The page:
Use of headache apps
There is growing interest in use of mobile health tools to supplement clinical care. Yao and colleagues1 assessed commercial headache apps on a variety of features and characteristics using the Mobile Health Index and Navigation Database (MIND).
MIND is a publicly accessible digital app library developed by the Division of Digital Psychiatry at Beth Israel Deaconess Medical Center. Each app is rated using 105 objective questions based on five classes within the American Psychiatric Association's app evaluation model (Accessibility, Privacy & Security, Clinical Foundation, Engagement Style, and Data Sharing Towards Therapeutic Goal).
Trained app raters used predefined search criteria to identify 48 commercially available headache apps that were evaluated using the MIND database. A control group of non-headache apps was matched for available platforms and cost.
The most common features were symptom and medication tracking
For both sets of apps 90% were totally free to use with two-thirds available on each of IOS and android platforms. For the 48 headache apps the most common features were symptom tracking (67%), medication tracking (63%), journaling (33%), and psychoeducation (29%). Just under half (46%) could email or export data, 15% allowed collaboration with a healthcare provider, and 4% facilitated peer support. The authors highlighted certain features that were generally lacking including crisis management tools (0%) Health Insurance Portability and Accountability Act compliance (2%), and evidence-based feasibility/efficacy studies (6%). No results were presented regarding comparison with the non-headache apps.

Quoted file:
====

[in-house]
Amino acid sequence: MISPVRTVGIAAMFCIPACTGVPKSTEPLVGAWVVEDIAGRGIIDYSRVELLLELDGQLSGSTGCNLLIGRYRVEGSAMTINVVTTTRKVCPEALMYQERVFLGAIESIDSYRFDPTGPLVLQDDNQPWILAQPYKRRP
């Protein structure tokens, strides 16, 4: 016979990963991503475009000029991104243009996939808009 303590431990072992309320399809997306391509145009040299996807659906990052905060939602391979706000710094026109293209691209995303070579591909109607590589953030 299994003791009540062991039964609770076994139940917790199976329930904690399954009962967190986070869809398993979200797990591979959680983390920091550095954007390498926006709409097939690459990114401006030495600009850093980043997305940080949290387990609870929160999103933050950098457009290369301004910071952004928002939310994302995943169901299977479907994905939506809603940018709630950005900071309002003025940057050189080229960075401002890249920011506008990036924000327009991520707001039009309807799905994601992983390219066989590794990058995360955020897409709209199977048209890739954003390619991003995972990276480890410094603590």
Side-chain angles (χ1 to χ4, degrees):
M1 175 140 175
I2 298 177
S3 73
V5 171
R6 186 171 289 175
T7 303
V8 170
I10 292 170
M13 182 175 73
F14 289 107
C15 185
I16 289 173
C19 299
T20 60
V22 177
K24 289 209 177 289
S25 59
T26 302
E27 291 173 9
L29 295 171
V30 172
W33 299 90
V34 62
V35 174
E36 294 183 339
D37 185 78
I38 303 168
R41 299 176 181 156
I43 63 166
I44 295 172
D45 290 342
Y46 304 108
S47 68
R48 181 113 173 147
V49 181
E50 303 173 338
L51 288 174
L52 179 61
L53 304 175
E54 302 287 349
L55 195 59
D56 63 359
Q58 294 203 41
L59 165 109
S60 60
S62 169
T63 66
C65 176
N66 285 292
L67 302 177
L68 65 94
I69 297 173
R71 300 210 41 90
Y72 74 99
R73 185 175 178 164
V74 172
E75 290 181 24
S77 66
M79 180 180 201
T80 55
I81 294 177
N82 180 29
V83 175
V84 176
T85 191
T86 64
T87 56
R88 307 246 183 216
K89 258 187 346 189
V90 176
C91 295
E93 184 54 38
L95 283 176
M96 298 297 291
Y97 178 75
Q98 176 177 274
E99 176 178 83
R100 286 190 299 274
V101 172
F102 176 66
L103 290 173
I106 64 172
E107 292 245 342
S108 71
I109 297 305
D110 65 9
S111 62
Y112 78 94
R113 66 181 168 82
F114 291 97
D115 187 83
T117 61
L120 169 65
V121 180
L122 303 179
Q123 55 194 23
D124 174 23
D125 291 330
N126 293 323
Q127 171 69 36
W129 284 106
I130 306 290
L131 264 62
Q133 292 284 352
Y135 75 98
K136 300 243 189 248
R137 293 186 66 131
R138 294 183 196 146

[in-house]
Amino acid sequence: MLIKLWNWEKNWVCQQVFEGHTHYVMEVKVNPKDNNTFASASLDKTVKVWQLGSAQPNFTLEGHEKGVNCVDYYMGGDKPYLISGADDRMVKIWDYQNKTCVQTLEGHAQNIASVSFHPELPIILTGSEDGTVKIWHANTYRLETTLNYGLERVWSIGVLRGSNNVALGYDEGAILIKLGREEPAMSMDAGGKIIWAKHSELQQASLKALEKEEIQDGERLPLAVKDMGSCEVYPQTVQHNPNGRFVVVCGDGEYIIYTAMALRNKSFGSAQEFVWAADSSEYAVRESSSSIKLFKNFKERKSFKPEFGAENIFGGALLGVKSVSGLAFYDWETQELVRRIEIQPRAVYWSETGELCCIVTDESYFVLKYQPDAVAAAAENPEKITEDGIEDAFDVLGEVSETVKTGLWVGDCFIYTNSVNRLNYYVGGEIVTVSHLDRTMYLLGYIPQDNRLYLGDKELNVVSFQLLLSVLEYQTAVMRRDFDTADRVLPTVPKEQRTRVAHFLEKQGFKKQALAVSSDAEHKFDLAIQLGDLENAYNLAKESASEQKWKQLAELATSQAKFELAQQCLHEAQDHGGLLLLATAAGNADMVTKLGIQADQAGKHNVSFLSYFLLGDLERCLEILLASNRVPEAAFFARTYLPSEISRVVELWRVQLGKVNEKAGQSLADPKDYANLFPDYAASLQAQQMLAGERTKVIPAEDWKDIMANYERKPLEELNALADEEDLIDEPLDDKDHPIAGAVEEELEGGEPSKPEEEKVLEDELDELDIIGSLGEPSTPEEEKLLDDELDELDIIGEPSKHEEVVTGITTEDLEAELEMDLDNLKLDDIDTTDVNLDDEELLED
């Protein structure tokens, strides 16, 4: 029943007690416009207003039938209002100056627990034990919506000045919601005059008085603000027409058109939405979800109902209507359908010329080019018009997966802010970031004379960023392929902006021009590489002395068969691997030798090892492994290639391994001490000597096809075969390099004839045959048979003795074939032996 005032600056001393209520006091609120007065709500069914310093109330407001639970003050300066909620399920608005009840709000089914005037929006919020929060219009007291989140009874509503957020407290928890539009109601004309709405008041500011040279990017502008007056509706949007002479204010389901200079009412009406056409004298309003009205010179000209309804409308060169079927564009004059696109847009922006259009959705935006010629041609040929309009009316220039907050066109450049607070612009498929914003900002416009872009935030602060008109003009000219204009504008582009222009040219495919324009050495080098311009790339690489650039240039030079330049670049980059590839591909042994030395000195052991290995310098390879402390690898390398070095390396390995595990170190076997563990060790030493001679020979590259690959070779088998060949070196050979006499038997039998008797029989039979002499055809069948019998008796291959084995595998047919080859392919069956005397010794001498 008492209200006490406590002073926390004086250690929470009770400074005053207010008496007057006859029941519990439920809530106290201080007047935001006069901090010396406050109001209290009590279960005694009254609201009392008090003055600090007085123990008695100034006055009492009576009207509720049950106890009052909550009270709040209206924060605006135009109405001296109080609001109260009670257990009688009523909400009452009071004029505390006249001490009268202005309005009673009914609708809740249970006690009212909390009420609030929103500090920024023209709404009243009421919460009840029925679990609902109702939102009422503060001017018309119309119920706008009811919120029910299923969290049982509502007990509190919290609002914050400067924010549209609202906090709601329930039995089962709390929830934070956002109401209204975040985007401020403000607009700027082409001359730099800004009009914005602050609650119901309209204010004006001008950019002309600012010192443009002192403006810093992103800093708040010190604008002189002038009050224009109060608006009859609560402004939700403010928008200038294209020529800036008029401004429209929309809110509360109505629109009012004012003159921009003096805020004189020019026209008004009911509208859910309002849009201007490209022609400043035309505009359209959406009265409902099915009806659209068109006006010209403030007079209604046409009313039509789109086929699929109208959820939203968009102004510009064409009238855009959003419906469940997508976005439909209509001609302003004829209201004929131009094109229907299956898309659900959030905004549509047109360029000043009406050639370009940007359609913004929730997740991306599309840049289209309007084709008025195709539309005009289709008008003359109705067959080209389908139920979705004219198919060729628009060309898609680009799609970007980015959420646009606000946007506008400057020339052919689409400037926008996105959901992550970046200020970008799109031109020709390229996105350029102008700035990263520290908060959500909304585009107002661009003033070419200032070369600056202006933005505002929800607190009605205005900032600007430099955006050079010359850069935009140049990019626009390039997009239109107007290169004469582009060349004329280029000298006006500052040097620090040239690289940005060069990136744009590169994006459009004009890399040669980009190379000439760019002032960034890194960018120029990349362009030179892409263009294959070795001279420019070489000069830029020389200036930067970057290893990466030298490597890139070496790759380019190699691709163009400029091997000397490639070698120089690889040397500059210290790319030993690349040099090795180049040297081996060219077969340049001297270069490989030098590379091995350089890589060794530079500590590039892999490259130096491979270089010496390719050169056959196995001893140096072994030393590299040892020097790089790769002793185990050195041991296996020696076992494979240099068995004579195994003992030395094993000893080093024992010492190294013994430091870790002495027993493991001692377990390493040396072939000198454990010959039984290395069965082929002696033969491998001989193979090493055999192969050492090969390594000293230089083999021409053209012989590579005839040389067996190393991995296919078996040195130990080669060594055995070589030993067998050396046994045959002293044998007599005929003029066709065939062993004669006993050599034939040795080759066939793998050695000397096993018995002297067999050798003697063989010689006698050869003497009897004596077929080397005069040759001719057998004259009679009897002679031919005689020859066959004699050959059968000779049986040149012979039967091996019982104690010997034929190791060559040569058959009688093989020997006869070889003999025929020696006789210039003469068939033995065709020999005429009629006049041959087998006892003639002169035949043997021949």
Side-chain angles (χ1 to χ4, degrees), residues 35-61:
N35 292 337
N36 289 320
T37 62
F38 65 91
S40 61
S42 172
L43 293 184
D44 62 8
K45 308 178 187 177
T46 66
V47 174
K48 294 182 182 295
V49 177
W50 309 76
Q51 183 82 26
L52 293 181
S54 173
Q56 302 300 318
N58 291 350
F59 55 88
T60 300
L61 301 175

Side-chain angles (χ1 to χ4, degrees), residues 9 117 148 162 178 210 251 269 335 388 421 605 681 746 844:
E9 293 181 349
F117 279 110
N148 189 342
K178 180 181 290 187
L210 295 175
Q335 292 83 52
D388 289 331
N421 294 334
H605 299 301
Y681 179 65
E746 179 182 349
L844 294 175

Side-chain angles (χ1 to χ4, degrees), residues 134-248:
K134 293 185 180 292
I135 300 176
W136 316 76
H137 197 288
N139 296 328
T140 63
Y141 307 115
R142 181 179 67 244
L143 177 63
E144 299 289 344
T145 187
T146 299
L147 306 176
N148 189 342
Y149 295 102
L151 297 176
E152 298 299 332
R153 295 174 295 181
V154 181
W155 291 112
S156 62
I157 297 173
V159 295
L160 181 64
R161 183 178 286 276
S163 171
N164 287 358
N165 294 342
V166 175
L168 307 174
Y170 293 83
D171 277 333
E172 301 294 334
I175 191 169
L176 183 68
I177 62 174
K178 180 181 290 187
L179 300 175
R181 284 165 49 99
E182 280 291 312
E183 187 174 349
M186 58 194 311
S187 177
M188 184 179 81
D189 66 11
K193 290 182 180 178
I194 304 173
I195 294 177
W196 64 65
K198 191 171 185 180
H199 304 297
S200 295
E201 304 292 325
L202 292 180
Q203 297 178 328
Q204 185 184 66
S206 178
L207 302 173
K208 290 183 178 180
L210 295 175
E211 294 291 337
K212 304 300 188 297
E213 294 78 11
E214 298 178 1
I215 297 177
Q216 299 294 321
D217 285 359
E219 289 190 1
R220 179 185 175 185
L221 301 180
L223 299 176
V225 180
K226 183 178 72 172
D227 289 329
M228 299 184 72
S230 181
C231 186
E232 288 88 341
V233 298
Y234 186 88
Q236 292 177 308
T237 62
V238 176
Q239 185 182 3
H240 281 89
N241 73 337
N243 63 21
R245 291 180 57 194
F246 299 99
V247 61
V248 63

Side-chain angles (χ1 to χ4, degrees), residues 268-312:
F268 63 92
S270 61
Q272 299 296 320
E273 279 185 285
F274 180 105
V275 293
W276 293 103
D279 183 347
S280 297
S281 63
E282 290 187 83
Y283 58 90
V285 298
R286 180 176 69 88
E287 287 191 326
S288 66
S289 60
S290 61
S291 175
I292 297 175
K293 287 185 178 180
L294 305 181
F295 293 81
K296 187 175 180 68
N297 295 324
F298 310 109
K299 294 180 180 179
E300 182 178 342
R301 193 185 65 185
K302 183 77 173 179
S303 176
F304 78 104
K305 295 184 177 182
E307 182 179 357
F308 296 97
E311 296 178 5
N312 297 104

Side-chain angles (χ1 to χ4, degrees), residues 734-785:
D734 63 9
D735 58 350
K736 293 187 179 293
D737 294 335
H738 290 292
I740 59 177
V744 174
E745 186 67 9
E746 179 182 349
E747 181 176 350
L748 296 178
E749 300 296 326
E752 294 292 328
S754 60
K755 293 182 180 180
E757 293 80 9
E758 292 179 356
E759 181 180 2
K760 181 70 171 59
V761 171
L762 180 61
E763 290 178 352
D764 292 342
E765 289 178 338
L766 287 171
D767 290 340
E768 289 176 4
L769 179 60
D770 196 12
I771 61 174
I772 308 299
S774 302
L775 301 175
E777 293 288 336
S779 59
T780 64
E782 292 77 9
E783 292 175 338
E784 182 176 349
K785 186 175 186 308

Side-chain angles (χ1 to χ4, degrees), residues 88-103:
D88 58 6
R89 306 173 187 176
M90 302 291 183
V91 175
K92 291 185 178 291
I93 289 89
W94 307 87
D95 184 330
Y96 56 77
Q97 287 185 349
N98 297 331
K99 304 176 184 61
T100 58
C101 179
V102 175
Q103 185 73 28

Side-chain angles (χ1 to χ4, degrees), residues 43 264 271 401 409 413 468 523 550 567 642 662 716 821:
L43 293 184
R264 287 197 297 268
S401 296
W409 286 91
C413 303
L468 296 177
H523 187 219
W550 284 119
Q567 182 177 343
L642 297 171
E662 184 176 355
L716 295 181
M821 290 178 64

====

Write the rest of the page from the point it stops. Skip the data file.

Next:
The authors concluded that headache apps could offer useful insights for clinicians into patients’ symptoms and effectiveness of treatments. This will require further development in areas such as protection of personal health information. Interestingly, many of the commercial apps were not developed in conjunction with healthcare providers or through academic institutions.
Useful insights for clinicians into patients’ symptoms and effectiveness of treatments
Impact of preventive treatment on quality of life
Sulaiman and colleagues2 presented real-world evidence of impact on health-related quality of life (HRQoL) for therapy-resistant patients with migraine. Their single-centre observational study compared monoclonal antibody preventive treatment with no/other preventive treatment at baseline (T0) and 1 month follow-up (T1) after treatment initiation. Outcome measures included migraine days and a range of validated patient-reported outcomes (PROs).
The study included 103 patients, with 83 (79.6%) receiving monoclonal antibody treatment, 12 (11.7 %) another preventive treatment, and 9 (8.7%) no treatment.The antibody group was approximately 2.4 times more likely to show improvement in the number of migraine days, but this was not statistically significant, and the control group reported a lower number of migraine days at T0 than the antibody group. Similarly, the antibody group appeared to be overrepresented in the medium/high improvement category (in terms of migraine days) when compared to the control group, but Pearson residuals were non-significant. Overall, there was a positive effect on some domains of the PROMIS-29 score at T1 that was associated with a reduced number of migraine days and an increased EQ5DVAS score.
To validate the benefit on HRQoL a larger control group and longer follow-up period were required
The authors concluded that preventive treatment with monoclonal antibodies resulted in a reduction in migraine days and an improvement in certain PROs, but to validate the benefit on HRQoL a larger control group and longer follow-up period were required.